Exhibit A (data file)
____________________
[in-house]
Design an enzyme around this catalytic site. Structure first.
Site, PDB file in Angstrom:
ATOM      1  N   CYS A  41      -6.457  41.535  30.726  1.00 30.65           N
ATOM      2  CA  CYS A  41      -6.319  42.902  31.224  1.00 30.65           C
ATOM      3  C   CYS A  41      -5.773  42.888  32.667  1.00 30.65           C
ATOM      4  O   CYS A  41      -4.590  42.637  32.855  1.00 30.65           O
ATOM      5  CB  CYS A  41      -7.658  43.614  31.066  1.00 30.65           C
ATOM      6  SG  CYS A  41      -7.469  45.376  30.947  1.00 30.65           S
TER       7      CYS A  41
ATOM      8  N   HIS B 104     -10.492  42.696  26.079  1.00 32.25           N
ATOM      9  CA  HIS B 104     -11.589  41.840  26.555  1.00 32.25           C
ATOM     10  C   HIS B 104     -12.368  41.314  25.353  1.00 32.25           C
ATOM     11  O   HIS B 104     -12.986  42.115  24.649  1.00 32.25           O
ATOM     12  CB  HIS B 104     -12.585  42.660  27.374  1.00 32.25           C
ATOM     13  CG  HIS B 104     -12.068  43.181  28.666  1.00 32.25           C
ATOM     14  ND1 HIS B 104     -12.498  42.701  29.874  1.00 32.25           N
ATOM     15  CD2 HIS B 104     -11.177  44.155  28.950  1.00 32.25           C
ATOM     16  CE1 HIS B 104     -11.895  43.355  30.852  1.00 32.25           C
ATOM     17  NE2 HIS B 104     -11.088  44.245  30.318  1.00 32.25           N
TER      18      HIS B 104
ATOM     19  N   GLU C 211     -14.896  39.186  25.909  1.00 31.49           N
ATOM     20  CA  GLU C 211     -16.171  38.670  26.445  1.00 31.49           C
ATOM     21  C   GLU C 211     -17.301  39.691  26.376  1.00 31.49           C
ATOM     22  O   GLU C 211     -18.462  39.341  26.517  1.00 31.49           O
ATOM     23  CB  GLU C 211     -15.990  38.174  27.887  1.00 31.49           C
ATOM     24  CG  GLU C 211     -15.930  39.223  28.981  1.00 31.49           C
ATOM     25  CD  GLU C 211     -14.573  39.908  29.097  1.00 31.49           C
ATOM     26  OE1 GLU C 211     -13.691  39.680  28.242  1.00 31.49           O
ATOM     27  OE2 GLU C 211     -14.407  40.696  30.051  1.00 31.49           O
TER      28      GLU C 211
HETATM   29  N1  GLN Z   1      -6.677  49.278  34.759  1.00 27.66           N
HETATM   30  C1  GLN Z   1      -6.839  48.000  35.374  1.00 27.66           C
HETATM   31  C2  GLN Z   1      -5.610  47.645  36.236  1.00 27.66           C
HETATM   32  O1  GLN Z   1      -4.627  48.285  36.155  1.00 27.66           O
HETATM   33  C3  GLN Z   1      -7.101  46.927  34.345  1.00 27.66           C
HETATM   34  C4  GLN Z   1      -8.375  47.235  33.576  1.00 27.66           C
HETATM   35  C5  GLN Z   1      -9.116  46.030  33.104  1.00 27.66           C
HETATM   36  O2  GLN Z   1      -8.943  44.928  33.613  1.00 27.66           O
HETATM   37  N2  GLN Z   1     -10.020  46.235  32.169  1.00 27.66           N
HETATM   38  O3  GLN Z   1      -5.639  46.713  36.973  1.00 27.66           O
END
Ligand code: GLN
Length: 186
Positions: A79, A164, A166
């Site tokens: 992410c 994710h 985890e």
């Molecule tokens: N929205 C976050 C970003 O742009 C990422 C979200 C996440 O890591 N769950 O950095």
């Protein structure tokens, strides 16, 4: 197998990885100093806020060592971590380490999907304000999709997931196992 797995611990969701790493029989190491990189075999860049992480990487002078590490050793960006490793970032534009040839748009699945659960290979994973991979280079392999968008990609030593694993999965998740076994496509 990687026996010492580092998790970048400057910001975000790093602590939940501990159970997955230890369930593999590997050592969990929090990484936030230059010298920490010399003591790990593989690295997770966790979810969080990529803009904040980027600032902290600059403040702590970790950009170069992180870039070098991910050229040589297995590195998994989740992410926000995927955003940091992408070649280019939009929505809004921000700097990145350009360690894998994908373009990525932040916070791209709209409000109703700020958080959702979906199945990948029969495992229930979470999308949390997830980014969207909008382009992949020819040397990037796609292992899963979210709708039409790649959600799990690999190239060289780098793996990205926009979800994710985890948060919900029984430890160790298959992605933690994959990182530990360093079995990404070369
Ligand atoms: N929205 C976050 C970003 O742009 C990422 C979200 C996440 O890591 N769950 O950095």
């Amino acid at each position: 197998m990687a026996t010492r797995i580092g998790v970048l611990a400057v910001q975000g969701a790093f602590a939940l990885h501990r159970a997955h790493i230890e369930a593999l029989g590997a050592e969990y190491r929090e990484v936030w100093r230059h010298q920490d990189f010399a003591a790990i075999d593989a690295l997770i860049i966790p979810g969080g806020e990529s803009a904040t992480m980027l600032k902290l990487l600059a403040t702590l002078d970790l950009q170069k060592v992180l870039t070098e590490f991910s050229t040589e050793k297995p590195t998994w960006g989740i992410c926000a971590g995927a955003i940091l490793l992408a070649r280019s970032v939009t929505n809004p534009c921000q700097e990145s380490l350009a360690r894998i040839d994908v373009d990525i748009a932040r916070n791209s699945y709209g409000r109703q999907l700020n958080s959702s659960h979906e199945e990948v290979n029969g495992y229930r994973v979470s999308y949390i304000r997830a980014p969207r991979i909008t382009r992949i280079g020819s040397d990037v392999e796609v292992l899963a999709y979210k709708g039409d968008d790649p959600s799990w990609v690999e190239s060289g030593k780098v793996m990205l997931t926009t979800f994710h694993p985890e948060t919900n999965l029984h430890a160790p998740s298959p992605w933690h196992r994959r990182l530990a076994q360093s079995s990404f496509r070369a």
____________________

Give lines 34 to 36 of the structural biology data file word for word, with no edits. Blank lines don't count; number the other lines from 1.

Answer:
HETATM   31  C2  GLN Z   1      -5.610  47.645  36.236  1.00 27.66           C
HETATM   32  O1  GLN Z   1      -4.627  48.285  36.155  1.00 27.66           O
HETATM   33  C3  GLN Z   1      -7.101  46.927  34.345  1.00 27.66           C